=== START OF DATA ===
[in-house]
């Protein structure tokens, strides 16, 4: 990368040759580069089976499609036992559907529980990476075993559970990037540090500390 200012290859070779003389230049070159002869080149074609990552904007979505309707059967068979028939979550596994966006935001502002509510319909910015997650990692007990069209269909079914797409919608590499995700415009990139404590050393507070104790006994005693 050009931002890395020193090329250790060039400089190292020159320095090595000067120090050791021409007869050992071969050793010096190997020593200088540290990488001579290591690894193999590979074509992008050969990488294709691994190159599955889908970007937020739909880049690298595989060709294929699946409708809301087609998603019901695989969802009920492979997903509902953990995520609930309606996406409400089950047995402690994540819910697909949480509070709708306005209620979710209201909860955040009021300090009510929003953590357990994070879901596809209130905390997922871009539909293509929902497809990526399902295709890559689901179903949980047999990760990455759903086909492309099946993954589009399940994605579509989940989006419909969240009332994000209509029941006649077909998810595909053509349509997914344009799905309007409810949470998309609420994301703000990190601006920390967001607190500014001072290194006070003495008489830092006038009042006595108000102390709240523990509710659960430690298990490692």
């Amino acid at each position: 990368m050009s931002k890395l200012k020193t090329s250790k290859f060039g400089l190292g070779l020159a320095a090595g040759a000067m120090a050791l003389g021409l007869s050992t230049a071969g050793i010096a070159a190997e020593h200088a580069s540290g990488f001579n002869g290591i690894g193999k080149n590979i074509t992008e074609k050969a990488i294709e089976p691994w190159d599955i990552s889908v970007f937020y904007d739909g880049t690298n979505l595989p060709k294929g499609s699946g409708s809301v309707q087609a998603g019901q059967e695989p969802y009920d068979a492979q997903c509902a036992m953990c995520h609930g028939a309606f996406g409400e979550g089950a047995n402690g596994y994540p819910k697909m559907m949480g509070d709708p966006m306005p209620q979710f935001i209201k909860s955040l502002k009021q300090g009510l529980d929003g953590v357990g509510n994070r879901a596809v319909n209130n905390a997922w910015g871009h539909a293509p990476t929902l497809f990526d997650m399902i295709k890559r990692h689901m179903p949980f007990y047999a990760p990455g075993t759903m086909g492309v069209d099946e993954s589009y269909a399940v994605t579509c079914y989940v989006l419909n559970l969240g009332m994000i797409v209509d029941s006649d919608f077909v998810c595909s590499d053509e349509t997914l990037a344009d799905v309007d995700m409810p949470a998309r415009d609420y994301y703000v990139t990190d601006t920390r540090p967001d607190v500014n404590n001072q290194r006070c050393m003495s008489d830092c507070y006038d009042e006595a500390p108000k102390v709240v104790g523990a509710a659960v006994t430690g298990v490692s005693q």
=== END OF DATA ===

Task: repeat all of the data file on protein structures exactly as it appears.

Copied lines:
[in-house]
């Protein structure tokens, strides 16, 4: 990368040759580069089976499609036992559907529980990476075993559970990037540090500390 200012290859070779003389230049070159002869080149074609990552904007979505309707059967068979028939979550596994966006935001502002509510319909910015997650990692007990069209269909079914797409919608590499995700415009990139404590050393507070104790006994005693 050009931002890395020193090329250790060039400089190292020159320095090595000067120090050791021409007869050992071969050793010096190997020593200088540290990488001579290591690894193999590979074509992008050969990488294709691994190159599955889908970007937020739909880049690298595989060709294929699946409708809301087609998603019901695989969802009920492979997903509902953990995520609930309606996406409400089950047995402690994540819910697909949480509070709708306005209620979710209201909860955040009021300090009510929003953590357990994070879901596809209130905390997922871009539909293509929902497809990526399902295709890559689901179903949980047999990760990455759903086909492309099946993954589009399940994605579509989940989006419909969240009332994000209509029941006649077909998810595909053509349509997914344009799905309007409810949470998309609420994301703000990190601006920390967001607190500014001072290194006070003495008489830092006038009042006595108000102390709240523990509710659960430690298990490692």
């Amino acid at each position: 990368m050009s931002k890395l200012k020193t090329s250790k290859f060039g400089l190292g070779l020159a320095a090595g040759a000067m120090a050791l003389g021409l007869s050992t230049a071969g050793i010096a070159a190997e020593h200088a580069s540290g990488f001579n002869g290591i690894g193999k080149n590979i074509t992008e074609k050969a990488i294709e089976p691994w190159d599955i990552s889908v970007f937020y904007d739909g880049t690298n979505l595989p060709k294929g499609s699946g409708s809301v309707q087609a998603g019901q059967e695989p969802y009920d068979a492979q997903c509902a036992m953990c995520h609930g028939a309606f996406g409400e979550g089950a047995n402690g596994y994540p819910k697909m559907m949480g509070d709708p966006m306005p209620q979710f935001i209201k909860s955040l502002k009021q300090g009510l529980d929003g953590v357990g509510n994070r879901a596809v319909n209130n905390a997922w910015g871009h539909a293509p990476t929902l497809f990526d997650m399902i295709k890559r990692h689901m179903p949980f007990y047999a990760p990455g075993t759903m086909g492309v069209d099946e993954s589009y269909a399940v994605t579509c079914y989940v989006l419909n559970l969240g009332m994000i797409v209509d029941s006649d919608f077909v998810c595909s590499d053509e349509t997914l990037a344009d799905v309007d995700m409810p949470a998309r415009d609420y994301y703000v990139t990190d601006t920390r540090p967001d607190v500014n404590n001072q290194r006070c050393m003495s008489d830092c507070y006038d009042e006595a500390p108000k102390v709240v104790g523990a509710a659960v006994t430690g298990v490692s005693q």